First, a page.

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Amar'e Stoudemire promises to play like old self

The Knicks' Amar'e Stoudemire drives against Milwaukee's Luc

The Knicks' Amar'e Stoudemire drives against Milwaukee's Luc Richard Mbah a Moute during the first half of a game in Milwaukee. (Mar. 20, 2011) Photo Credit: AP

GREENBURGH, N.Y. -- Amar'e Stoudemire admits he hasn't been playing with the same explosiveness this season, but he said this season is far from over. He expects himself and the Knicks to be a force over the final 31 regular-season games and in the playoffs.

"We feel that we have enough on this team to win a championship," Stoudemire said after practice Tuesday. "We have the right personnel, the right players and the right mind frame. It's a matter of us going out and playing the right way. And if we do that, we can do something special."

If the Knicks, who host the Cavaliers Wednesday night, are to do something special, they'll need Stoudemire to lift his game after a subpar first half. Lift is the operative word, because he seems to have lost some of it.

He's averaging 17.5 points, shooting 44.7 percent and hasn't been finishing around the rim the way he did in the past. When asked if he could get his explosiveness back, Stoudemire said: "Stay tuned. Stay tuned."

He and coach Mike D'Antoni pointed out several reasons why the Knicks' big man doesn't look like the same player he was last season. It wasn't mentioned, but the emotional strain of losing his older brother in a car wreck this month undoubtedly has had some effect on him.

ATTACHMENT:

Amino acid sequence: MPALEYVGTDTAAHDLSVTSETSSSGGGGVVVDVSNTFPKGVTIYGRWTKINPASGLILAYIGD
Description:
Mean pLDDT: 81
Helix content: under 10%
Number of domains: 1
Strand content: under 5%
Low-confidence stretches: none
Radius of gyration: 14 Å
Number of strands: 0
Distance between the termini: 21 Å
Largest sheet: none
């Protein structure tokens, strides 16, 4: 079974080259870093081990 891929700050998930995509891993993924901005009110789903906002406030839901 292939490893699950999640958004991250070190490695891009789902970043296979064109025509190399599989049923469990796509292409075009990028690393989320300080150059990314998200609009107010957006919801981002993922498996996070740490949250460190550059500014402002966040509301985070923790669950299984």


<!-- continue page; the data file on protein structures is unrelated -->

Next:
Stoudemire spent most of the offseason strengthening his back to try to prevent some issues he had last year. He said he wasn't cleared to play full-court "until a little bit before training camp," and his rhythm has suffered.

He also added about 15 pounds of muscle and came into this season at about 260; he played at 245 last season. D'Antoni has talked to Stoudemire about "getting his pop back." Stoudemire said he's been shedding some of that weight, hoping it helps his mobility.

"All of that might have played a factor," Stoudemire said. "There's no excuse for that. I wanted to get stronger. I wanted to definitely heal my back. From a health standpoint, I feel great, but now it's time to tune it up a little bit and play great basketball."

It's been a stark contrast from last season, when Stoudemire was dominant, averaging 25.3 points and shooting 50.2 percent. Over the first three months of the season he scored at least 20 points 38 times and 30 or more 16 times. He had a streak of 26 games with at least 20 points. In this campaign, he has played 29 games and scored 20 only 11 times and 30 once.

D'Antoni said some of Stoudemire's drop-off is a byproduct of not having a point guard to run the pick-and-roll early this season. Jeremy Lin has filled that void, and D'Antoni expects him to end the season impressively.

"Some of it's psychological," D'Antoni said. "I think he's raring to go and wants to have a great 31 games and into the playoffs. I'm counting on him. I'm betting on him.

"Physically, he's great. Did he put on a couple of pounds to get muscle? Maybe. He went through all of this stuff to do everything he can to be physically ready. Like I said, a lot of it is psychological. I think he's ready to explode."

New York Sports